Lantana begins with ambient music and a tracking shot of vegetation which eventually come to rest on a woman’s corpse, face down so that we can’t tell who she was. Then we meet the characters whose lives are entangled like the branches of a lantana shrub, a perennial flowering plant that has a tendency to take over and is now considered a weed in many places. There is Leon (Anthony LaPaglia), a cop who is married to Sonja (Kerry Armstrong) and having an affair with Jane (Rachael Blake), who used to be married to Pete (Glenn Robbins); Jane lives next door to Nik (Vince Colosimo) and Paula (Daniela Farinacci), a happily married couple with two young children; Sonja is seeing a psychologist, Valerie, who is married to John, but thinks that her husband is having an affair with one of her (male) patients, Patrick (Peter Phelps).
Do you need a score card yet? The characters’ paths cross occasionally and awkwardly, but nothing really gets snarled up until Valerie goes missing. Leon and his colleague Claudia (Leah Purcell) are put on the case. In the process of the investigation, we see that none of these people really knows or trusts anyone else, and that they all keep secrets.
The film, released in 2001 and directed by Ray Lawrence, is based on the play Speaking in Tongues by Andrew Bovell, The visual composition, soundtrack, and secret-heavy plot all reminded me of David Lynch’s work, visually and thematically, particularly Blue Velvet (angst in a normal-seeming town) and Twin Peaks (woman goes missing, secrets surround her life), though Lantana doesn’t share Lynch’s use of sound.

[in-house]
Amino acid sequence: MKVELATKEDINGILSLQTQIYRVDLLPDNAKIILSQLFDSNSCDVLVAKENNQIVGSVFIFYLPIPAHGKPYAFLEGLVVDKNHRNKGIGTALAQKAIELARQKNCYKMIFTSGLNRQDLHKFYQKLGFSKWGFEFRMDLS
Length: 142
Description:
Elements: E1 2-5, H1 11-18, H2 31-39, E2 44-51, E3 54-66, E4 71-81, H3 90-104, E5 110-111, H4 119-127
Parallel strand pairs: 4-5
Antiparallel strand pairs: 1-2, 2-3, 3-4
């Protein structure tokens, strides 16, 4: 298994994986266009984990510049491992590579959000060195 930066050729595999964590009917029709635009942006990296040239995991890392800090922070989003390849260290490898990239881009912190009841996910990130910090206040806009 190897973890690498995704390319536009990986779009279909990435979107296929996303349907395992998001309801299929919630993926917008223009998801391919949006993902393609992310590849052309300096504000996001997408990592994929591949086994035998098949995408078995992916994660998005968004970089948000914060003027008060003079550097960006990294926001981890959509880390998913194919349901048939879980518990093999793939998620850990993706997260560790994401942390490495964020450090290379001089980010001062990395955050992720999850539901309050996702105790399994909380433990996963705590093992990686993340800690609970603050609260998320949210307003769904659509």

The script slowly reveals all of the relationships between the characters. It may seem at times as if the narrative has stalled, but in spite of this, the story drew me in until I wanted to see what would happen. It’s definitely an ensemble piece; the acting is uniformly good, and no one performance stood out, not even Geoffrey Rush’s. The story takes place in a suburb of Sydney and while there are some giveaways that it was filmed there, it basically could be anywhere in the English-speaking areas of the world.
While overall it was a compelling mystery, Lantana doesn’t offer much of a positive spin on relationships. Throughout the film, Claudia has been telling Leon about her crush, a man she sees at the Chinese restaurant eating alone, like her. When she finally talks to her crush, it’s difficult to feel much hope for her. It’s the film’s constant emphasis on mistrust and betrayal that becomes heavy-handed and tends towards overkill, and that’s the aspect of this film that earns it 3 stars instead of 4.
If you’ve seen this movie, I’d love to hear what you think. As for the rest of you, are interested in seeing this one?